When I bought my Kindle last January, I published my initial impressions in Kindling a New Reading Option. Now that I’ve had it for over a year, I thought I’d take a look back at how the Kindle has met (and in most cases, exceeded) our needs. Here is a review of my original goals:
- Did the Kindle handle my primary use case? Yes. My original motivation for buying it was to eliminate hauling a 30-lb box of books up to the cabin during my multi-week summer jaunts. The Kindle provided 10-oz alternative with a 2-week battery life. It also offered car-charging and free 3G downloads of new material when I headed down the mountain to do laundry at Tahoe. Two Thumbs Up.
- Can two people share one Kindle? Maybe not everybody, but we certainly can. And that is enhanced by the free Kindle apps that are available on other platforms. If the Kindle is not available for whatever reason (Rich has it, the battery’s dead, I don’t know where it is at the moment), the reading experience on my Blackberry Torch is quite adequate. And because of the Sync to Furthest Page feature, the transition from device to device is seamless. Love It.
But wait, there’s more. As I have embraced the Kindle and explored the Kindle world, I have uncovered some features and resources that are worth sharing.
Free Sample Chapters
Perhaps the most under-appreciated feature of the Kindle store is the Free Sample Chapter link, which is available with a single-click for most of the offerings in the store. What makes this feature so great?
- If you have read several print books by a favorite author, you might not remember which ones by the Title alone. By reviewing a Sample Chapter, you can quickly recognize if you have already read the book before you make a costly mistake and buy it again.
- If a friend has recommended a new book or author, or you happen upon something vaguely interesting in the Amazon Recommendations, you can test them out and make your own choice with no financial commitment.
- If you are browsing the book store, you can use Sample Chapters as a Wish List / bookmark / reminder for future purchases.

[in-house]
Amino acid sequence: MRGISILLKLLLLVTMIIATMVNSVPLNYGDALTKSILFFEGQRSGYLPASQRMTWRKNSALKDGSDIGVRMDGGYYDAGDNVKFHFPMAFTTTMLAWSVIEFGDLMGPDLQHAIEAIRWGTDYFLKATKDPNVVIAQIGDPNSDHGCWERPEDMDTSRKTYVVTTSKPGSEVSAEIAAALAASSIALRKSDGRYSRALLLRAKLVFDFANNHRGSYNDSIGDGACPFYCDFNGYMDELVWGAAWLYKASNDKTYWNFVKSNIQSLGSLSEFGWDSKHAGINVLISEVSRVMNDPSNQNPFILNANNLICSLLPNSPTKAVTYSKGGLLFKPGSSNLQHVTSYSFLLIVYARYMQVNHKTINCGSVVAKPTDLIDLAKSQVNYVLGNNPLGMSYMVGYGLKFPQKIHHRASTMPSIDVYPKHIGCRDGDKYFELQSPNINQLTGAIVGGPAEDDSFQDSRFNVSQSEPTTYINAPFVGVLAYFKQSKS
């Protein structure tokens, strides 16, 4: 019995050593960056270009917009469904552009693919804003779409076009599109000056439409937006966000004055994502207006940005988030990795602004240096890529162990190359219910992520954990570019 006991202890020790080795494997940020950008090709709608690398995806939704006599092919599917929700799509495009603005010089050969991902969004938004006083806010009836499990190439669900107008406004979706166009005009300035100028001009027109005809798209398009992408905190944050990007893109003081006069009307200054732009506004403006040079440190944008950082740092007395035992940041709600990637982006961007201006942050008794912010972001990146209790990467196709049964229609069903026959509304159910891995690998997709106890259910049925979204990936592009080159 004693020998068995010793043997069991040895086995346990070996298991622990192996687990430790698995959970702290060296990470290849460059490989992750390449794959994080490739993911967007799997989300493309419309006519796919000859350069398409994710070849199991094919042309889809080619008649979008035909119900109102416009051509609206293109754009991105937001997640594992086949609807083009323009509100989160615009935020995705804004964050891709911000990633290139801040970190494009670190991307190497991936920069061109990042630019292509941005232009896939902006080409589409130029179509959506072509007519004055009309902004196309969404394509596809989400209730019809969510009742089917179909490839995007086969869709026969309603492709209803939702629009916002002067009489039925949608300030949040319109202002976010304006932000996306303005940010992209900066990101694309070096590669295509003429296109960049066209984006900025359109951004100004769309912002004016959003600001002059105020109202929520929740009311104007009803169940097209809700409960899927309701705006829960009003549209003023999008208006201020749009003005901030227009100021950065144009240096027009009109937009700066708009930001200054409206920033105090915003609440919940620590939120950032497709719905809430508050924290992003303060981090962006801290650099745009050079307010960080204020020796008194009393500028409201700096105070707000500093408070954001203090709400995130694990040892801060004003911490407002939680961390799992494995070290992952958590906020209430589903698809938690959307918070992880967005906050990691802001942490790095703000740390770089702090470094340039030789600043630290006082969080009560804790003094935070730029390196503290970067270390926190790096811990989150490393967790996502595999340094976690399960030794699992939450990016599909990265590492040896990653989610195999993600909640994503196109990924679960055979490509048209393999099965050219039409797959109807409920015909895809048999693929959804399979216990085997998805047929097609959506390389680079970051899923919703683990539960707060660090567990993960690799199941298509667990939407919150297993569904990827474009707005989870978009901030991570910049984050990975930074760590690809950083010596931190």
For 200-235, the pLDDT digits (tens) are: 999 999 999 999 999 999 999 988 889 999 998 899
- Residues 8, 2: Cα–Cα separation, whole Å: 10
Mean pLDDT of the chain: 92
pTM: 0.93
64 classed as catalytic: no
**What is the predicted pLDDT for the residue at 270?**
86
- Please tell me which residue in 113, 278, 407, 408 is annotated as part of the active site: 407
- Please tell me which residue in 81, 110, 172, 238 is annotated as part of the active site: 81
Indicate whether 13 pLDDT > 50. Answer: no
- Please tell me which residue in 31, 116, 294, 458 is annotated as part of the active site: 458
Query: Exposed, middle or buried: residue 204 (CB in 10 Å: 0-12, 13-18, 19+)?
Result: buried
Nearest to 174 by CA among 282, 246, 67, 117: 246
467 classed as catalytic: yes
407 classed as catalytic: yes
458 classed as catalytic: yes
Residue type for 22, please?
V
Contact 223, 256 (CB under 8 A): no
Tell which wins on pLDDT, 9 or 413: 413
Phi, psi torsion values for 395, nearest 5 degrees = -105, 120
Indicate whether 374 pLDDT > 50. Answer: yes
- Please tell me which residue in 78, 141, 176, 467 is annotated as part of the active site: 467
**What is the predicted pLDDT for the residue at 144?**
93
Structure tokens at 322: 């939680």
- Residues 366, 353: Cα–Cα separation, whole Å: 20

Although the Sample Chapter is a great feature, it is not without flaws and does have some room for improvement:
- If you are reading a Sample Chapter and decide to buy the book, there is no correlation between the two. In other words, it doesn’t keep track of how far I got and sync that up with the actual book when I buy it. It should.
- The Buy Now option at the end of the Sample Chapter is instantaneous – it doesn’t show the price (which might be more than you wanted to pay) or provide for confirmation. There is a workaround however – use Go to Store instead of Buy Now.
- If you buy the book, the Sample Chapter is left as a turd on the device. It should be smarter than that and delete the Sample when the book is purchased and downloaded.
One of the most exciting things about the Kindle framework is that it gives new authors a way to get published and recognized. Traditional publishing is expensive and represents a significant investment for the publishing houses – they aren’t willing to take chances on unknown authors. Publishing on Kindle provides a free and very interesting alternative, with the following features for the consumers:
- Many books under $2 (and even free)
- Instant ratings and comments provide feedback so we can easily tell if they suck or not
- Even established authors and publishing houses are offering free and cheap books to hook you (e.g. I got the first two Stieg Larsson books for $5 each, but I’ll probably pay full price for the third…)
Again, there is a downside – many books are being published without benefit of professional editing, which can have disastrous results. But that is why the ratings are so important.
So, how do you find out about these low-price offers? I subscribed to the iReader Review blog and over the course of the past few weeks, have filled my Kindle with free and cheap books. Not all of the emails are interesting, but it’s worth it to have someone else do the work of finding the deals.
Since Rich and I have both embraced the Kindle, I was exploring the option of buying another eReader (the Kindle3 has some tempting new features). I quickly concluded that the better solution is to supplement it with some sort of Tablet. The Kindle is as close to perfect as an eReader can be, but that is really all it is. It doesn’t make sense to have two when a Tablet would more than suffice as a backup eReader and do so much more.
So, which Tablet to get? That will be the subject of my next entry….